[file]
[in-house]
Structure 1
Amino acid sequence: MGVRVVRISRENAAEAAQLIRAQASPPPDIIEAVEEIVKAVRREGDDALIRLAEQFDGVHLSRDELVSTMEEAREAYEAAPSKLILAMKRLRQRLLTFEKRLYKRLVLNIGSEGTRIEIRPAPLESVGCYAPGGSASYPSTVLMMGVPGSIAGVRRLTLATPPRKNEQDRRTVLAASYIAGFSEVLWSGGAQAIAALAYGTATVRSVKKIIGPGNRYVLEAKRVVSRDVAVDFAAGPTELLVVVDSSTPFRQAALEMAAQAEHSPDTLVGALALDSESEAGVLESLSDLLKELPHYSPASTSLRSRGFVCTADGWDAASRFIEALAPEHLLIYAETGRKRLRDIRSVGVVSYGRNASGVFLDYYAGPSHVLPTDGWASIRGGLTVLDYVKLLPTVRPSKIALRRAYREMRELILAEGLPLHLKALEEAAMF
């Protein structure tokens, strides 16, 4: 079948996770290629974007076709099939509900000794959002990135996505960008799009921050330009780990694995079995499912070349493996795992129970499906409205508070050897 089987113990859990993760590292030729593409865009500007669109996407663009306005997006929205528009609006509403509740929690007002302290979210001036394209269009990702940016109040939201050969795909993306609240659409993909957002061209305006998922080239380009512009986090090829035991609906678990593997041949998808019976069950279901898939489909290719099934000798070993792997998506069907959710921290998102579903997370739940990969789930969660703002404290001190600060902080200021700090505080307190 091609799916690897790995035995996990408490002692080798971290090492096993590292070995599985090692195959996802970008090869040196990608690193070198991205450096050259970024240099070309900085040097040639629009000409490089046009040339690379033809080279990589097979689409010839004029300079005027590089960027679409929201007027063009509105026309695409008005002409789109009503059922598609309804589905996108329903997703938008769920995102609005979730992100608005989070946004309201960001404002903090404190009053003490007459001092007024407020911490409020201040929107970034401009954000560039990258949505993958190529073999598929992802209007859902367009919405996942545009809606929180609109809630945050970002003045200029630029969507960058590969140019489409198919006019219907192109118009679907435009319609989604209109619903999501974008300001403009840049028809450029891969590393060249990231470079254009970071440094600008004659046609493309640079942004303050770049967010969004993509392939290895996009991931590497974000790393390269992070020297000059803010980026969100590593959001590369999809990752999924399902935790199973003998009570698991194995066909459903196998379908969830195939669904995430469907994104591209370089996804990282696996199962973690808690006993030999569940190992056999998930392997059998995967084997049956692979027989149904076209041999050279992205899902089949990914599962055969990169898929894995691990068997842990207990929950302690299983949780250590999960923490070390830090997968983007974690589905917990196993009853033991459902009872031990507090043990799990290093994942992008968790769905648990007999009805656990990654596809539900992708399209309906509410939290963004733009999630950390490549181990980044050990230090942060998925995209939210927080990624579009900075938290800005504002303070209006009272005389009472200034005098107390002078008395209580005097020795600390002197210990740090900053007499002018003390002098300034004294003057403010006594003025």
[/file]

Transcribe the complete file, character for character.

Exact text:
[in-house]
Structure 1
Amino acid sequence: MGVRVVRISRENAAEAAQLIRAQASPPPDIIEAVEEIVKAVRREGDDALIRLAEQFDGVHLSRDELVSTMEEAREAYEAAPSKLILAMKRLRQRLLTFEKRLYKRLVLNIGSEGTRIEIRPAPLESVGCYAPGGSASYPSTVLMMGVPGSIAGVRRLTLATPPRKNEQDRRTVLAASYIAGFSEVLWSGGAQAIAALAYGTATVRSVKKIIGPGNRYVLEAKRVVSRDVAVDFAAGPTELLVVVDSSTPFRQAALEMAAQAEHSPDTLVGALALDSESEAGVLESLSDLLKELPHYSPASTSLRSRGFVCTADGWDAASRFIEALAPEHLLIYAETGRKRLRDIRSVGVVSYGRNASGVFLDYYAGPSHVLPTDGWASIRGGLTVLDYVKLLPTVRPSKIALRRAYREMRELILAEGLPLHLKALEEAAMF
């Protein structure tokens, strides 16, 4: 079948996770290629974007076709099939509900000794959002990135996505960008799009921050330009780990694995079995499912070349493996795992129970499906409205508070050897 089987113990859990993760590292030729593409865009500007669109996407663009306005997006929205528009609006509403509740929690007002302290979210001036394209269009990702940016109040939201050969795909993306609240659409993909957002061209305006998922080239380009512009986090090829035991609906678990593997041949998808019976069950279901898939489909290719099934000798070993792997998506069907959710921290998102579903997370739940990969789930969660703002404290001190600060902080200021700090505080307190 091609799916690897790995035995996990408490002692080798971290090492096993590292070995599985090692195959996802970008090869040196990608690193070198991205450096050259970024240099070309900085040097040639629009000409490089046009040339690379033809080279990589097979689409010839004029300079005027590089960027679409929201007027063009509105026309695409008005002409789109009503059922598609309804589905996108329903997703938008769920995102609005979730992100608005989070946004309201960001404002903090404190009053003490007459001092007024407020911490409020201040929107970034401009954000560039990258949505993958190529073999598929992802209007859902367009919405996942545009809606929180609109809630945050970002003045200029630029969507960058590969140019489409198919006019219907192109118009679907435009319609989604209109619903999501974008300001403009840049028809450029891969590393060249990231470079254009970071440094600008004659046609493309640079942004303050770049967010969004993509392939290895996009991931590497974000790393390269992070020297000059803010980026969100590593959001590369999809990752999924399902935790199973003998009570698991194995066909459903196998379908969830195939669904995430469907994104591209370089996804990282696996199962973690808690006993030999569940190992056999998930392997059998995967084997049956692979027989149904076209041999050279992205899902089949990914599962055969990169898929894995691990068997842990207990929950302690299983949780250590999960923490070390830090997968983007974690589905917990196993009853033991459902009872031990507090043990799990290093994942992008968790769905648990007999009805656990990654596809539900992708399209309906509410939290963004733009999630950390490549181990980044050990230090942060998925995209939210927080990624579009900075938290800005504002303070209006009272005389009472200034005098107390002078008395209580005097020795600390002197210990740090900053007499002018003390002098300034004294003057403010006594003025």